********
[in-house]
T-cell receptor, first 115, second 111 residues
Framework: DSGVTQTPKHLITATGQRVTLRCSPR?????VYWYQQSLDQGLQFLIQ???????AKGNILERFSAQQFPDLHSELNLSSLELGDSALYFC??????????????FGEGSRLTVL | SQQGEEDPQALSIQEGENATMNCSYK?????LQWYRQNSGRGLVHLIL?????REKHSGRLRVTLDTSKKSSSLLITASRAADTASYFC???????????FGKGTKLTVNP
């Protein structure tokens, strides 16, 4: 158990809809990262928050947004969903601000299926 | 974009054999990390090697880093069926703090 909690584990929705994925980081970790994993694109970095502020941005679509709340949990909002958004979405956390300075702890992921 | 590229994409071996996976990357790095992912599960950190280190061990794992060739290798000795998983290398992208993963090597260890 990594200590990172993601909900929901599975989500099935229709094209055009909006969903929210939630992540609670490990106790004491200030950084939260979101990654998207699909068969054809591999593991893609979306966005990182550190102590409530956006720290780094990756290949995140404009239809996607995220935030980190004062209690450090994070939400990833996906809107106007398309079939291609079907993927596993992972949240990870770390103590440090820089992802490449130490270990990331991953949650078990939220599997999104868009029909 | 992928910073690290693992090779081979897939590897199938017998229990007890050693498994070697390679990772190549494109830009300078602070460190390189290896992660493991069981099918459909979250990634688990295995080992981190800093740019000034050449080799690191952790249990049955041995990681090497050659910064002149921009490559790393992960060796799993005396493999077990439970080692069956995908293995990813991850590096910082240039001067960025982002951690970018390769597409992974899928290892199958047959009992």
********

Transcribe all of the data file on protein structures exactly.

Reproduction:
[in-house]
T-cell receptor, first 115, second 111 residues
Framework: DSGVTQTPKHLITATGQRVTLRCSPR?????VYWYQQSLDQGLQFLIQ???????AKGNILERFSAQQFPDLHSELNLSSLELGDSALYFC??????????????FGEGSRLTVL | SQQGEEDPQALSIQEGENATMNCSYK?????LQWYRQNSGRGLVHLIL?????REKHSGRLRVTLDTSKKSSSLLITASRAADTASYFC???????????FGKGTKLTVNP
């Protein structure tokens, strides 16, 4: 158990809809990262928050947004969903601000299926 | 974009054999990390090697880093069926703090 909690584990929705994925980081970790994993694109970095502020941005679509709340949990909002958004979405956390300075702890992921 | 590229994409071996996976990357790095992912599960950190280190061990794992060739290798000795998983290398992208993963090597260890 990594200590990172993601909900929901599975989500099935229709094209055009909006969903929210939630992540609670490990106790004491200030950084939260979101990654998207699909068969054809591999593991893609979306966005990182550190102590409530956006720290780094990756290949995140404009239809996607995220935030980190004062209690450090994070939400990833996906809107106007398309079939291609079907993927596993992972949240990870770390103590440090820089992802490449130490270990990331991953949650078990939220599997999104868009029909 | 992928910073690290693992090779081979897939590897199938017998229990007890050693498994070697390679990772190549494109830009300078602070460190390189290896992660493991069981099918459909979250990634688990295995080992981190800093740019000034050449080799690191952790249990049955041995990681090497050659910064002149921009490559790393992960060796799993005396493999077990439970080692069956995908293995990813991850590096910082240039001067960025982002951690970018390769597409992974899928290892199958047959009992």